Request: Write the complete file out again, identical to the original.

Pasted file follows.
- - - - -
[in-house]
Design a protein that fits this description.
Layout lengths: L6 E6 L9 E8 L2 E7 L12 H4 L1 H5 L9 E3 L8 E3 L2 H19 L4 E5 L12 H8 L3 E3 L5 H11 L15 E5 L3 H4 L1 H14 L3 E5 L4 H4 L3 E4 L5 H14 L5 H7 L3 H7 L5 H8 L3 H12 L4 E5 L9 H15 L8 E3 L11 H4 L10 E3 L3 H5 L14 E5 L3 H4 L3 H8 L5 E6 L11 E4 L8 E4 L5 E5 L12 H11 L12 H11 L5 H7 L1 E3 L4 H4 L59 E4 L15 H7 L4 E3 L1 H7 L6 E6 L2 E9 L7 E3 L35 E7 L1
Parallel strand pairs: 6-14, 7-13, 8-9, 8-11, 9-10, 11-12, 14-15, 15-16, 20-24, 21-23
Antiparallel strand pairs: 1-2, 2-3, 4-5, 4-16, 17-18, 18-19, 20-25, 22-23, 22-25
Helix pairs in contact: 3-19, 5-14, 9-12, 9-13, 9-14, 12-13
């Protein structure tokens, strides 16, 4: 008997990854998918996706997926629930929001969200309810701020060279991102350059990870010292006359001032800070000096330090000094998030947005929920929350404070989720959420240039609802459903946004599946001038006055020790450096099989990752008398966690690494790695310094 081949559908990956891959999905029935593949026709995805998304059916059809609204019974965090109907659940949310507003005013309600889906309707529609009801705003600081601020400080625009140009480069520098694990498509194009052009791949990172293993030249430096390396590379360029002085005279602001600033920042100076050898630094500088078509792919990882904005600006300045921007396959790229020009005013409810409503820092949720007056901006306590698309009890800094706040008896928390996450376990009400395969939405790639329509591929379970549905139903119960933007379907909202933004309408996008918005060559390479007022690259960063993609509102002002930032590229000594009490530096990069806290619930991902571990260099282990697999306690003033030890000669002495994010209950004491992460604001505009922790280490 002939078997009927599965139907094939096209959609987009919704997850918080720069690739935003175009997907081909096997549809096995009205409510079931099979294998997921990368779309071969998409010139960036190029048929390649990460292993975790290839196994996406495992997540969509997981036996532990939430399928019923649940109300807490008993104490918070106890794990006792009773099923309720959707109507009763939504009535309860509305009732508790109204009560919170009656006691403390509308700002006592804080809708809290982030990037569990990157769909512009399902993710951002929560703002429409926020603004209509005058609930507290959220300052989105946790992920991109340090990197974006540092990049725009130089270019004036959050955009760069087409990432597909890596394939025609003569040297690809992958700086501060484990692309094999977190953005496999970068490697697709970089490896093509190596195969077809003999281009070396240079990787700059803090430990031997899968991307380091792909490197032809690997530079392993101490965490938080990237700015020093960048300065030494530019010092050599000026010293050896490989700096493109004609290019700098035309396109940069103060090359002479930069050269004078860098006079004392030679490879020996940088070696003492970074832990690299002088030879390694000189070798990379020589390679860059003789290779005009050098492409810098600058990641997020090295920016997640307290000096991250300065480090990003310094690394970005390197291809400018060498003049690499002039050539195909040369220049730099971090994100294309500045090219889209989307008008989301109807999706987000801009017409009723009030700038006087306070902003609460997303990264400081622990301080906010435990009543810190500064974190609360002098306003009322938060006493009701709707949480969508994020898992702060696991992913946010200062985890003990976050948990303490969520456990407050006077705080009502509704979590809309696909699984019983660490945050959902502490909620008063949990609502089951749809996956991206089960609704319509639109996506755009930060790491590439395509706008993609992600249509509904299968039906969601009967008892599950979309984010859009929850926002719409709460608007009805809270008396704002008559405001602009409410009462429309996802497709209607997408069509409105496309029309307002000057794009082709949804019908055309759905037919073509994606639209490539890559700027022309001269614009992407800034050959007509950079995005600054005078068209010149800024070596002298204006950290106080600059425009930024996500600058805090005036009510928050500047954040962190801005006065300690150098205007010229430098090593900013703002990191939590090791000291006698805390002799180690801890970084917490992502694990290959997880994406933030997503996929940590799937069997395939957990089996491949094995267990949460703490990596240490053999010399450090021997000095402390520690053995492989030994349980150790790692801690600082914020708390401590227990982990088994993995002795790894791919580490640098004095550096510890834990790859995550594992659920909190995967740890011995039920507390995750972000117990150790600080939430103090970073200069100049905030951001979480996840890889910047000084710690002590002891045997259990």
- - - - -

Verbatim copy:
[in-house]
Design a protein that fits this description.
Layout lengths: L6 E6 L9 E8 L2 E7 L12 H4 L1 H5 L9 E3 L8 E3 L2 H19 L4 E5 L12 H8 L3 E3 L5 H11 L15 E5 L3 H4 L1 H14 L3 E5 L4 H4 L3 E4 L5 H14 L5 H7 L3 H7 L5 H8 L3 H12 L4 E5 L9 H15 L8 E3 L11 H4 L10 E3 L3 H5 L14 E5 L3 H4 L3 H8 L5 E6 L11 E4 L8 E4 L5 E5 L12 H11 L12 H11 L5 H7 L1 E3 L4 H4 L59 E4 L15 H7 L4 E3 L1 H7 L6 E6 L2 E9 L7 E3 L35 E7 L1
Parallel strand pairs: 6-14, 7-13, 8-9, 8-11, 9-10, 11-12, 14-15, 15-16, 20-24, 21-23
Antiparallel strand pairs: 1-2, 2-3, 4-5, 4-16, 17-18, 18-19, 20-25, 22-23, 22-25
Helix pairs in contact: 3-19, 5-14, 9-12, 9-13, 9-14, 12-13
């Protein structure tokens, strides 16, 4: 008997990854998918996706997926629930929001969200309810701020060279991102350059990870010292006359001032800070000096330090000094998030947005929920929350404070989720959420240039609802459903946004599946001038006055020790450096099989990752008398966690690494790695310094 081949559908990956891959999905029935593949026709995805998304059916059809609204019974965090109907659940949310507003005013309600889906309707529609009801705003600081601020400080625009140009480069520098694990498509194009052009791949990172293993030249430096390396590379360029002085005279602001600033920042100076050898630094500088078509792919990882904005600006300045921007396959790229020009005013409810409503820092949720007056901006306590698309009890800094706040008896928390996450376990009400395969939405790639329509591929379970549905139903119960933007379907909202933004309408996008918005060559390479007022690259960063993609509102002002930032590229000594009490530096990069806290619930991902571990260099282990697999306690003033030890000669002495994010209950004491992460604001505009922790280490 002939078997009927599965139907094939096209959609987009919704997850918080720069690739935003175009997907081909096997549809096995009205409510079931099979294998997921990368779309071969998409010139960036190029048929390649990460292993975790290839196994996406495992997540969509997981036996532990939430399928019923649940109300807490008993104490918070106890794990006792009773099923309720959707109507009763939504009535309860509305009732508790109204009560919170009656006691403390509308700002006592804080809708809290982030990037569990990157769909512009399902993710951002929560703002429409926020603004209509005058609930507290959220300052989105946790992920991109340090990197974006540092990049725009130089270019004036959050955009760069087409990432597909890596394939025609003569040297690809992958700086501060484990692309094999977190953005496999970068490697697709970089490896093509190596195969077809003999281009070396240079990787700059803090430990031997899968991307380091792909490197032809690997530079392993101490965490938080990237700015020093960048300065030494530019010092050599000026010293050896490989700096493109004609290019700098035309396109940069103060090359002479930069050269004078860098006079004392030679490879020996940088070696003492970074832990690299002088030879390694000189070798990379020589390679860059003789290779005009050098492409810098600058990641997020090295920016997640307290000096991250300065480090990003310094690394970005390197291809400018060498003049690499002039050539195909040369220049730099971090994100294309500045090219889209989307008008989301109807999706987000801009017409009723009030700038006087306070902003609460997303990264400081622990301080906010435990009543810190500064974190609360002098306003009322938060006493009701709707949480969508994020898992702060696991992913946010200062985890003990976050948990303490969520456990407050006077705080009502509704979590809309696909699984019983660490945050959902502490909620008063949990609502089951749809996956991206089960609704319509639109996506755009930060790491590439395509706008993609992600249509509904299968039906969601009967008892599950979309984010859009929850926002719409709460608007009805809270008396704002008559405001602009409410009462429309996802497709209607997408069509409105496309029309307002000057794009082709949804019908055309759905037919073509994606639209490539890559700027022309001269614009992407800034050959007509950079995005600054005078068209010149800024070596002298204006950290106080600059425009930024996500600058805090005036009510928050500047954040962190801005006065300690150098205007010229430098090593900013703002990191939590090791000291006698805390002799180690801890970084917490992502694990290959997880994406933030997503996929940590799937069997395939957990089996491949094995267990949460703490990596240490053999010399450090021997000095402390520690053995492989030994349980150790790692801690600082914020708390401590227990982990088994993995002795790894791919580490640098004095550096510890834990790859995550594992659920909190995967740890011995039920507390995750972000117990150790600080939430103090970073200069100049905030951001979480996840890889910047000084710690002590002891045997259990």